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With Proprioceptive Neuromuscular Facilitation, injured athletes can achieve better flexibility leading to reduced fatigue, better biomechanics and muscular strength, prevent the overuse of injuries, and decreased the chances of having another injury from sports accidents.

Proprioceptive Neuromuscular Facilitation (PNF) is an advanced form of flexibility training that involves both active stretching and isometric contraction of the muscle group being targeted. PNF exercises are based on the stretch reflex which is caused by stimulation of the golgi tendon and muscle spindles. This stimulation results in impulses being sent to the brain, which leads to the contraction and relaxation of muscles. When a body part is injured, there is a delay in the stimulation of the muscle spindles and golgi tendons resulting in weakness of the muscle. PNF exercises help to re-educate the motor units which are lost due to the injury. Improved flexibility leads to better biomechanics, reduces fatigue, and helps to prevent overuse injuries.

What is Proprioceptive Neuromuscular Facilitation?

Sports and recreational injuries happen to approximately 26 adults per 1000 persons in the United States every single year. Among children and teens less than 14 years old, 3.5 million get hurt annually participating in recreational activities and sports events.Physical and occupational therapists employ different methods to help these patients recover from their injuries; and one of the most popular methods they use to restore the strength and the full range of motion of these individuals is through the use of proprioceptive neuromuscular facilitation, or simply PNF.

Proprioceptive Neuromuscular Facilitation (PNF) is a stretching technique that aims to improve the skeletal muscles’ elasticity. Although most therapists use it to restore their patients’ functional range of motion after a soft tissue damage or an invasive surgical procedure, some coaches also implement this technique to increase the flexibility and strength of individual muscle groups of their athletes.

PNF concentrates on function rather than simply weakness. PNF exercises concentrate on the combination of movements rather than just one specific movement. The reasoning behind this is simple, life rarely moves in one plane. In other words, body parts are rarely moved in one direction alone. For example, people rarely raise their arm straight forward or extend their leg straight back. Even in a seemingly simple movement like walking the legs move forward at the hips, bend at the knees while moving in toward the midline. These movements must all happen smoothly and simultaneously. By addressing these complex movements, a patient can return to normal daily activities or sports more quickly.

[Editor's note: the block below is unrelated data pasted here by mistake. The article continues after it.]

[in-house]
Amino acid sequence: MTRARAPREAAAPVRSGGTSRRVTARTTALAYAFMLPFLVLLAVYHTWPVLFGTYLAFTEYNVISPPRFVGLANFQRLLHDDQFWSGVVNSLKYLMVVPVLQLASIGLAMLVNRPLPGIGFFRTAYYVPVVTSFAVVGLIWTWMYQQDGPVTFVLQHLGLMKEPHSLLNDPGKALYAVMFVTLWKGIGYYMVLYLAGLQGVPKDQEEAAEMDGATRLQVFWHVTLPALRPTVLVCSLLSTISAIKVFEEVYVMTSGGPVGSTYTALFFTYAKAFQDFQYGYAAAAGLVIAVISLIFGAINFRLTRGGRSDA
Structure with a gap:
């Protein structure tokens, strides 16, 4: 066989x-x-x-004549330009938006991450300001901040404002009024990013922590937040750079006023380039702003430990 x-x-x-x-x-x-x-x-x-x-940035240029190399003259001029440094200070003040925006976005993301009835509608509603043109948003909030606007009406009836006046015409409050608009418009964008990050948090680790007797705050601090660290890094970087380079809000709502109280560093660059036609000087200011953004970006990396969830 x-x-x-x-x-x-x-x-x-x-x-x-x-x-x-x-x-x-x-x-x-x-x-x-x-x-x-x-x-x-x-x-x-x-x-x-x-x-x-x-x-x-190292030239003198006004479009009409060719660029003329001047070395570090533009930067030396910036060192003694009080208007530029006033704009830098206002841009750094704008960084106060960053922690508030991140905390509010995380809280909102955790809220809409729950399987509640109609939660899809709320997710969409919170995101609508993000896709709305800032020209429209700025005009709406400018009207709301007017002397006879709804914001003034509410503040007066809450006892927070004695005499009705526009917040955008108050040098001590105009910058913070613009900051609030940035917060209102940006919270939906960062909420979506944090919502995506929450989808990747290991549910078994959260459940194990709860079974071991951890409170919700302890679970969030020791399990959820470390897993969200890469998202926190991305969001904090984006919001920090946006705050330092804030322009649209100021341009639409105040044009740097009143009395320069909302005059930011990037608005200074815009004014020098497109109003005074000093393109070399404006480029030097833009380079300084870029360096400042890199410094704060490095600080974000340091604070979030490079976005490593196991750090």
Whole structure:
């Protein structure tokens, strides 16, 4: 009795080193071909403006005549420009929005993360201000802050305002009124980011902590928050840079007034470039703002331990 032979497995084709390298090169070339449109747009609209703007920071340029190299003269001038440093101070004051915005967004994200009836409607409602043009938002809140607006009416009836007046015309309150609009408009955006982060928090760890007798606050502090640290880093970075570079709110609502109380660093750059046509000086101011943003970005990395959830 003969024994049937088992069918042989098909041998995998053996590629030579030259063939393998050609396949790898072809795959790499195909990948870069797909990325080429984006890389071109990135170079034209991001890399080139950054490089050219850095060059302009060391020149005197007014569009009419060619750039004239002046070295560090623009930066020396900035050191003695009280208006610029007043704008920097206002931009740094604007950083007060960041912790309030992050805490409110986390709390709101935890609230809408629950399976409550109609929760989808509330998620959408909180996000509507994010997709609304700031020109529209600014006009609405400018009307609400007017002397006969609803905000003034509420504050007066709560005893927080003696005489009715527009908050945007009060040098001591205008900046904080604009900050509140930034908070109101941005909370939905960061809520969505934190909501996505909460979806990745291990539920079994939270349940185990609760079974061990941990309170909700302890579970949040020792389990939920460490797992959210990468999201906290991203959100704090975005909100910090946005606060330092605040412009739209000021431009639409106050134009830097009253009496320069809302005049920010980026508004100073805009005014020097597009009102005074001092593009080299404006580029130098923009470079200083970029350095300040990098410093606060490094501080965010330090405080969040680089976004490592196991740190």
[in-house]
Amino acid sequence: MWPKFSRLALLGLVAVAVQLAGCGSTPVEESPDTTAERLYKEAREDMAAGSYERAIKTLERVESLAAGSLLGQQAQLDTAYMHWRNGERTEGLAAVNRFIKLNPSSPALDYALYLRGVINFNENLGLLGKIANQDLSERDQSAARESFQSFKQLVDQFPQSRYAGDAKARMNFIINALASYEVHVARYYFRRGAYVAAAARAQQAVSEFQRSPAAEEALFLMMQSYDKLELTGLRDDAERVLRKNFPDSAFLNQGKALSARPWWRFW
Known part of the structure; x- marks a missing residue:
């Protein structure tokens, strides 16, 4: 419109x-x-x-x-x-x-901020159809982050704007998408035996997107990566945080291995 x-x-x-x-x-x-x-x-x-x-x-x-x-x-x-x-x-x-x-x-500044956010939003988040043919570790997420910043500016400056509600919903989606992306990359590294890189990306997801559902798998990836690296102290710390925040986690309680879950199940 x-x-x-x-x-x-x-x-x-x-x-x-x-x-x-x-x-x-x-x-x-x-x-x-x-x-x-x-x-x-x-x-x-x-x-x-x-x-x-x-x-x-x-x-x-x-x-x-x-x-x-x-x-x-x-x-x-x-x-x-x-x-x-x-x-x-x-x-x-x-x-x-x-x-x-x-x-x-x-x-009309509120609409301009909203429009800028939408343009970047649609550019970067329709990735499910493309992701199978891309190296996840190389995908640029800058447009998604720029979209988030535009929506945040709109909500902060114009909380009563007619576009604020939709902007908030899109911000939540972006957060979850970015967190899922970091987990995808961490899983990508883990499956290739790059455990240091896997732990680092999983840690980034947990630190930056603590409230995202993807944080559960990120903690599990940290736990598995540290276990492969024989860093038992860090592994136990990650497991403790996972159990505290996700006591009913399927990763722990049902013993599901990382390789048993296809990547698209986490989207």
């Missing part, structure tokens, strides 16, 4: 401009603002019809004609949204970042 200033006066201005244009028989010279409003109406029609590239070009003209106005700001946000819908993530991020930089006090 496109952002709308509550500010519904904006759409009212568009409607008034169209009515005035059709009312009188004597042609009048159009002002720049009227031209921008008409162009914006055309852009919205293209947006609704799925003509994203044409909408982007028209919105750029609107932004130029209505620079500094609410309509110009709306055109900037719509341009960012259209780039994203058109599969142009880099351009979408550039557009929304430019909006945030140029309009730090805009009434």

PNF also includes a form of stretching that can be included in a patient’s treatment or in their home program. This form of stretching utilizes the physiology of muscles to create more relaxation while the stretch is being performed. This type of stretching has been shown to create a larger change in muscle length than traditional stretching.

The PNF Principle

The principle behind PNF exercises is simple – it is based on the stretch reflex caused by the stimulation of the golgi tendon (the minute sensory organ within each muscle fiber that senses changes in the muscle tension) and the muscle spindle (the sensory receptor within the belly of the muscles which detects changes in the muscle length). Stimulating these receptors results in the release of impulses to the brain, which, in turn, leads to the contraction and relaxation of the stimulated muscle group.

What are the Advantages of Using PNF in Injured Athletes?

When a body part is injured, muscle weakness becomes evident – a natural consequence of the delayed stimulation of the muscle spindles and golgi tendons. To restore muscle strength, therapists use PNF exercises to re-educate these injured motor units and make them responsive again. By using this stretching technique, injured athletes can achieve better flexibility leading to reduced fatigue, better biomechanics and muscular strength, prevention overuse injuries, and decreased chances of having another injury from sports accidents.

However, PNF exercises do not only restore muscle strength – they also help improve the range of motion and movement combinations of the injured body part, making each combined movement smooth and coordinated, thereby bringing back and even increasing the overall performance of the injured athlete.

 

Proprioceptive Neuromuscular Facilitation (PNF)